Logo Give horizontala

Co-funded by the Erasmus+ Programme of the European Union 

Co-funded by the Erasmus+ Programme of the European Union

International mobility for Oliver Twist School children: a chance to grow, challenge and gain awareness.

Those who return from a journey are always a little older than when they left. That’s also the case for the 26 fourth-year students from Cometa’s Oliver Twist School, the protagonists of IGT-supported international mobilities contributing to the European project “GIVE – Governance for Inclusive Vocational Excellence,” funded by the EU Erasmus+ Program under the Centers of Vocational Excellence (CoVE) initiative.

 At the end of April, they reached Spain, Malta and Finland, accompanied by a mentor, for a two-week internship abroad. It was a new experience that provided a stimulating opportunity to get involved, learn new things and enrich their cultural background, returning with a backpack full of experience and insights to treasure.

“A highly stimulating experience for them,” says school principal Giovanni Figini, “useful for entering the world of work and experimenting with the foreign language and their own autonomy. 

Two intense weeks, work-wise and culturally. The students were enthusiastic, because they saw how the skills they have gained over the years at the professional level are also expendable abroad.

This has opened up for them the knowledge that they can think bigger, with broader horizons.”

The students in the bar and catering course of study travelled to Bilbao, where they got to work in two hotels and three local restaurants, notice the differences from Italy and relate to customers and colleagues in a language other than their own. “The students proved to be very prepared,” said their textile tutor Vaghi, “We arrived three days before they started working, so they got to know the Spanish tutors, the places where they would be working, the way to get there. It was interesting to see them pick up on the differences in preparation, for example between a “cappuccino” and a “café con leche”, but especially to put their communicative resources to work to overcome language difficulties. Several surprised me with their flexibility, curiosity and adaptability. Valuable, then, were the dinners together, where they organized themselves to make food, and the moments of conviviality.”

Also happy were the boys, who returned with new skills and awareness: “It was a unique experience in which we learned many things. In Spain they have different approaches and different ways of working than here, but this helped us open our horizons. We realized that we were able to work abroad as well, something difficult to think about before these two weeks. It was tiring but satisfying. We now have more confidence in ourselves.”

The wood students, on the other hand, reached Finland, in a country not far from Helsinki. Unlike the others, they did not do their internship in a company, but were welcomed by Omnia, a vocational school for kids like them, with huge workshops and machinery different from what they are used to in Italy. The proposed project consisted of making a small chair, which could be disassembled into all its parts and, therefore, easily transported in their luggage on their return to Italy. The young people from the Oliver Twist school were able to distinguish themselves by their familiarity and learning ability. “The Finnish work manager was impressed by their skill and speed, so much so that he had to come up with something else to offer them as an activity,” says wood sector tutor Carlo Gorgoglione. “It was undoubtedly an important experience, in which the young people understood that they were capable, from a professional and human point of view, of working outside Italy as well. They realized that Cometa taught them to learn and that this can open any door. Even among themselves, they spoke in English and, after some initial awkwardness, they began to interact with the Finnish boys at the school as well. Everyone has shown flexibility and willingness to adapt and go beyond their limits.”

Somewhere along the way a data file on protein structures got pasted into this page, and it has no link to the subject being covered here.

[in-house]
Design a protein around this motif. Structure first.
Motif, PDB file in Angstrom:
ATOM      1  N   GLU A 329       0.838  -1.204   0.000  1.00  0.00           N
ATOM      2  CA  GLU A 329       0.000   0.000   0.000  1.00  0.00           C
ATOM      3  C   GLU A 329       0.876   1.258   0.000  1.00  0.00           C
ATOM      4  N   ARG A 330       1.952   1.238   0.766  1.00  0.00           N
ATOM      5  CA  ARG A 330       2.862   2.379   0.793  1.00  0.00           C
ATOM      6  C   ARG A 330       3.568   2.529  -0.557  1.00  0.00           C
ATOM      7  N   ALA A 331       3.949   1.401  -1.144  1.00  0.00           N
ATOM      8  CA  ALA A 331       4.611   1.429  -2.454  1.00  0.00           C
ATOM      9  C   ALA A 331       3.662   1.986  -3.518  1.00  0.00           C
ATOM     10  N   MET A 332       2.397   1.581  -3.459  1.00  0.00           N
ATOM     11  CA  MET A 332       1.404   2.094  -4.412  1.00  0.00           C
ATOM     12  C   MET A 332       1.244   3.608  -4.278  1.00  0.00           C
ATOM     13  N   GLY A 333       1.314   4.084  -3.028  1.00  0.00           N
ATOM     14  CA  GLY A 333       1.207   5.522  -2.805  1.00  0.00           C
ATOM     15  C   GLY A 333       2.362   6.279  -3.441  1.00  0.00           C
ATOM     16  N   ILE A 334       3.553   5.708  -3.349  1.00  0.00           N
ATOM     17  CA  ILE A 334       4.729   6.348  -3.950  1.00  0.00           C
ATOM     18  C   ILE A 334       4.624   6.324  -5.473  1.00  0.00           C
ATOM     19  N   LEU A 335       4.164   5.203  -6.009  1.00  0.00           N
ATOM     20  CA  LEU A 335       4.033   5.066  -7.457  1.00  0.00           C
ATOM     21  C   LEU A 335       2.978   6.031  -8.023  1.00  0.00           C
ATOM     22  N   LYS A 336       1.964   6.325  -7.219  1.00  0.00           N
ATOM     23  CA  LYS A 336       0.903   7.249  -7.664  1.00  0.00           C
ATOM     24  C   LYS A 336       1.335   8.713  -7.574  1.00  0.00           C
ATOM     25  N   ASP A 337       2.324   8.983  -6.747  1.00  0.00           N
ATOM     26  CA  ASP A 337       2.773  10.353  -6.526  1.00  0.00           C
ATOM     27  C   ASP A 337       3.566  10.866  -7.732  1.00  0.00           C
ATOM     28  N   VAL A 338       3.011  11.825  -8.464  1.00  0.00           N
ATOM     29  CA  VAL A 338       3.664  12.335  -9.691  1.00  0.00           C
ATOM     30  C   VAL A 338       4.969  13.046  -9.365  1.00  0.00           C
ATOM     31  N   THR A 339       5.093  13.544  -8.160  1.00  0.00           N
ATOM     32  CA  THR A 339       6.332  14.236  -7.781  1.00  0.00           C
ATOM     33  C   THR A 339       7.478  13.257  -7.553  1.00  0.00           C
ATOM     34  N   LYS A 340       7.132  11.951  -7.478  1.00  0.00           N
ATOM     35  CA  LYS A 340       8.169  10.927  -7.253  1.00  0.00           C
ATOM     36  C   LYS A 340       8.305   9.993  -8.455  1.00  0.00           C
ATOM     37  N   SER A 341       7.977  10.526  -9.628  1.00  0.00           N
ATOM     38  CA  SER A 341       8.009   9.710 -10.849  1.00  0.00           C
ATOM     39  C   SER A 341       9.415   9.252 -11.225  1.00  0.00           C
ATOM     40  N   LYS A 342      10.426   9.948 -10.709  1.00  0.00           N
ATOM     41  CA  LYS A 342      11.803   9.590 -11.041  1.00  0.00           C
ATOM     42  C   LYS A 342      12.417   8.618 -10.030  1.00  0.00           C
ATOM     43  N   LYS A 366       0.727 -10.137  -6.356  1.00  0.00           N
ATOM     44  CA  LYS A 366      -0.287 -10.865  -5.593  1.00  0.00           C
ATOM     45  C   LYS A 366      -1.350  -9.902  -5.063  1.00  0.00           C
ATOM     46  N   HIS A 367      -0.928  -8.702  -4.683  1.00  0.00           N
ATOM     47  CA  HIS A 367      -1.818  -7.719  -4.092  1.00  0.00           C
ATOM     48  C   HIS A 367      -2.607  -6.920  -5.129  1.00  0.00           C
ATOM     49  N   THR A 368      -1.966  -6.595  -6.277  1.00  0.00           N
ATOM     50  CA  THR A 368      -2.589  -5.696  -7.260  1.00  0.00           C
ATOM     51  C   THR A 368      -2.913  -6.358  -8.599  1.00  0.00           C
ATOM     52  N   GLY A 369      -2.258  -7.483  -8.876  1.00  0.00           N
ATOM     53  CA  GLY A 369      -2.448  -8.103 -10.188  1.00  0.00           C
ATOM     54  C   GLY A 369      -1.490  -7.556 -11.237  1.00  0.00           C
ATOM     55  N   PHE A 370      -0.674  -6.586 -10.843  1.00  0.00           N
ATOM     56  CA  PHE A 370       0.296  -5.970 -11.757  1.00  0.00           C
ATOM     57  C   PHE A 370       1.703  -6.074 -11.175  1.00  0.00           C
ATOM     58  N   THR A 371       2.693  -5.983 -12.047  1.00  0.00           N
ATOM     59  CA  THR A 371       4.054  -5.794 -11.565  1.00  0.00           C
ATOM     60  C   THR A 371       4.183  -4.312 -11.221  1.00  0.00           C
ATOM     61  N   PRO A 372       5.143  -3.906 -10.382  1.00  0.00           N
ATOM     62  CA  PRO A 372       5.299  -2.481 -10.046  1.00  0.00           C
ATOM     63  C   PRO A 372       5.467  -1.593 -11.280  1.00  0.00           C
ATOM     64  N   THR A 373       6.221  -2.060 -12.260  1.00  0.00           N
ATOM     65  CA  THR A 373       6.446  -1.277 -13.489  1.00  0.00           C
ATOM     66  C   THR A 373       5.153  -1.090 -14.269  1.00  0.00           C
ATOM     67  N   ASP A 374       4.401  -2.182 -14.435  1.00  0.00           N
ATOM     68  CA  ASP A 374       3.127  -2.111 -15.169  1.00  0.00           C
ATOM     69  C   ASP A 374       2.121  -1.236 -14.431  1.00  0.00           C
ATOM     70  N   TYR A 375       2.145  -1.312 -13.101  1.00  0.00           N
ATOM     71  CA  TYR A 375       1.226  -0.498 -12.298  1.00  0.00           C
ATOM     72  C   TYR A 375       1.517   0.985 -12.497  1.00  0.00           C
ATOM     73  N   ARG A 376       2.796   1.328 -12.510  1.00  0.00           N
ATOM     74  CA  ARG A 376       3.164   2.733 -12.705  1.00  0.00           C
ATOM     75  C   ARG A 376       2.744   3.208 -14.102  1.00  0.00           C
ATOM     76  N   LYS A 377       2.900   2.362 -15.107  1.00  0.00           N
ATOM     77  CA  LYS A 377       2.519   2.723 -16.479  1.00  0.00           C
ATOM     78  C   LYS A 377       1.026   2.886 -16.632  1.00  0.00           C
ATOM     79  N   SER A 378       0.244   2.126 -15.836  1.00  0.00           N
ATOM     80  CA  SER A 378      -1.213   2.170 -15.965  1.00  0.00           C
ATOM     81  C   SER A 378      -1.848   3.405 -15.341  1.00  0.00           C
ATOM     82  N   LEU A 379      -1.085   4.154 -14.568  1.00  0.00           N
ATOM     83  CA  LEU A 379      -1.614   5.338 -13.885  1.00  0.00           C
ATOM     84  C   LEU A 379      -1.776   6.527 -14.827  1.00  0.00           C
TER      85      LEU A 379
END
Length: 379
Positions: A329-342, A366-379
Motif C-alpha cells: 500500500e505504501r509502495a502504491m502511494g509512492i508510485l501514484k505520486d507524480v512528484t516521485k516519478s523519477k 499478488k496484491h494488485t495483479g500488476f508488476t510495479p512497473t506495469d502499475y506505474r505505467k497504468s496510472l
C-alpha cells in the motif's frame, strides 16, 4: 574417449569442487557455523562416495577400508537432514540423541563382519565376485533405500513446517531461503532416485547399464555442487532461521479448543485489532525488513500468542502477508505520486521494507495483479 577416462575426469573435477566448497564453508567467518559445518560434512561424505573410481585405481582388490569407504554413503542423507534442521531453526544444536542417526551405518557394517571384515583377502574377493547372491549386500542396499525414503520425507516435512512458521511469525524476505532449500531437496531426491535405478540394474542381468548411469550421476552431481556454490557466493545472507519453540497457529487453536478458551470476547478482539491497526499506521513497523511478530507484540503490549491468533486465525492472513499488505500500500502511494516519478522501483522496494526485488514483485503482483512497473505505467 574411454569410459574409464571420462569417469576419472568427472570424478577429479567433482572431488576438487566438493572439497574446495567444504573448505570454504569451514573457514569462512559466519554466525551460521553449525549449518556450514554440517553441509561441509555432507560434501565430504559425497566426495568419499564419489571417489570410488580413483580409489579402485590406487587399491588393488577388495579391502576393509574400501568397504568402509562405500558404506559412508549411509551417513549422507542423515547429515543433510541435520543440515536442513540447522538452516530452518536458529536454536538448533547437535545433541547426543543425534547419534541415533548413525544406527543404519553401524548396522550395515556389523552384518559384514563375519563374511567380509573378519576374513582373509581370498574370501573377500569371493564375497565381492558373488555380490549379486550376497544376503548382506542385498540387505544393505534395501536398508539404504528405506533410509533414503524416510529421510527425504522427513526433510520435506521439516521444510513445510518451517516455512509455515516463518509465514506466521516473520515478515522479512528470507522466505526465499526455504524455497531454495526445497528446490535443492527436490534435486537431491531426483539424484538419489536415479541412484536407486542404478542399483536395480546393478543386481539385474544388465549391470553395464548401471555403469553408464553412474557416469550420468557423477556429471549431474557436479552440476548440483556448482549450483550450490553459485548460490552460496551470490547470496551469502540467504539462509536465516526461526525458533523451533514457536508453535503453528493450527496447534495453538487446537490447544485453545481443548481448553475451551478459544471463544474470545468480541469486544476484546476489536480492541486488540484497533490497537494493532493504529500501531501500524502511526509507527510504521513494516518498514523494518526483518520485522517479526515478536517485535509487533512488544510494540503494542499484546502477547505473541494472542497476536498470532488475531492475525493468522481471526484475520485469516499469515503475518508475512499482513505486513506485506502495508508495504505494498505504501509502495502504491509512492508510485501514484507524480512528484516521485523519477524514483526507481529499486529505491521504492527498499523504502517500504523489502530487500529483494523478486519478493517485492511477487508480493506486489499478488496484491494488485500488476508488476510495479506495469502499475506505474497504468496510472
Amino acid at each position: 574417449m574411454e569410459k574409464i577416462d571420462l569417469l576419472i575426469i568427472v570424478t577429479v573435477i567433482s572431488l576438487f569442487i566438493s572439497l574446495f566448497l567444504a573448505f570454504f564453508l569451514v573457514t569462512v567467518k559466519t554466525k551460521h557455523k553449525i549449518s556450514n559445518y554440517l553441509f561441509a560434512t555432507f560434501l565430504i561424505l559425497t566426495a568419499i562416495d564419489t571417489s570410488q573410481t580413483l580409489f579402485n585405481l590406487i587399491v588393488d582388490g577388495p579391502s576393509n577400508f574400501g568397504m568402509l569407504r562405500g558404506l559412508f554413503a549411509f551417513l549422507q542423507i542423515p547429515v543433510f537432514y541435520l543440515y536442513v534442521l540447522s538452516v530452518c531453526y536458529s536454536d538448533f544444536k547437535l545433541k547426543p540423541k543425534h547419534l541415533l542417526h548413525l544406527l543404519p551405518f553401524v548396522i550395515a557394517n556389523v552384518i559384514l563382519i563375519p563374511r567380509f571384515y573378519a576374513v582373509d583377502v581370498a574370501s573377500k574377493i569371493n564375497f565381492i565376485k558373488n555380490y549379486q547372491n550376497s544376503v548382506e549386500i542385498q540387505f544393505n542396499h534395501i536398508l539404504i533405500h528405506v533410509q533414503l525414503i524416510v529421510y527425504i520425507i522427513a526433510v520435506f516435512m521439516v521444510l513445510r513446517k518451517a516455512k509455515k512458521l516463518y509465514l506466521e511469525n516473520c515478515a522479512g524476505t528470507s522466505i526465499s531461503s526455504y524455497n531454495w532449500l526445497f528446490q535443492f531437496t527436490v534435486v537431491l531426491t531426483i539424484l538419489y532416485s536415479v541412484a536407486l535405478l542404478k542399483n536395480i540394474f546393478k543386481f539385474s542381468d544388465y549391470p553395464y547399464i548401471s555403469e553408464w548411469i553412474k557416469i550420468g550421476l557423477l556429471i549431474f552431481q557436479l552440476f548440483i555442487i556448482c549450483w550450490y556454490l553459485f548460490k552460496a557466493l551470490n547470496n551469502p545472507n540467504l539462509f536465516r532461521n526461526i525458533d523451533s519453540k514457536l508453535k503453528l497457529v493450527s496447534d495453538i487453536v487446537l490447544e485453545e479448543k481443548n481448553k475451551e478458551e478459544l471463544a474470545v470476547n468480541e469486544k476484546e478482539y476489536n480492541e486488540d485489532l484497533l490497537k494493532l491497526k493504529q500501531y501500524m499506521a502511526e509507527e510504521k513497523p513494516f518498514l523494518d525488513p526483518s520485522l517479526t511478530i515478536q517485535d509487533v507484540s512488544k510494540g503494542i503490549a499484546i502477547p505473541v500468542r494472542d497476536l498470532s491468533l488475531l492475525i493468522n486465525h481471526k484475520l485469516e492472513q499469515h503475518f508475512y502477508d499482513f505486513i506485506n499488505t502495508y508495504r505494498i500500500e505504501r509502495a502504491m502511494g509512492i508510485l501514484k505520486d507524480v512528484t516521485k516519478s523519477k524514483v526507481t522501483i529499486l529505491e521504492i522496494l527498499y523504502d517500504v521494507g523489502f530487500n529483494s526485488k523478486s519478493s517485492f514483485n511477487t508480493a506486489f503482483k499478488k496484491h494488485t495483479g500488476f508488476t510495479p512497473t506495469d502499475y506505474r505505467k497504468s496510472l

These are the words of some of the boys, who got to try their hand at new tools: “We feel improved from a human point of view: neater, more responsible in managing money and schedules, more confident in ourselves. It was good to meet new people, but also the relationship with fellow students came out stronger, we supported each other. We saw a lot of machinery that we don’t have in Italy and learned how to work on the lathe. The biggest obstacle was the language, but with time you learn to communicate.”

Malta and Valletta, on the other hand, hosted textile students, who interned in three stores of various clothing brands. For some it was a totally new work experience, while others, who had already done similar internships, were able to compare different ways of selling and arranging items. It was an activity that relied mostly on customer relations rather than back-office activities. “It was a blender of stimuli and relationships, which provided everyone with important transversal skills,” explains tutor Mario Saetti, who accompanied them. “They were required to quickly understand the rules of the game, the different culture and what was being asked of them. They were very responsive and helpful, adept at solving any problems. And seeing them happy in the evening gave an idea of how positive this experience was.”

Share this post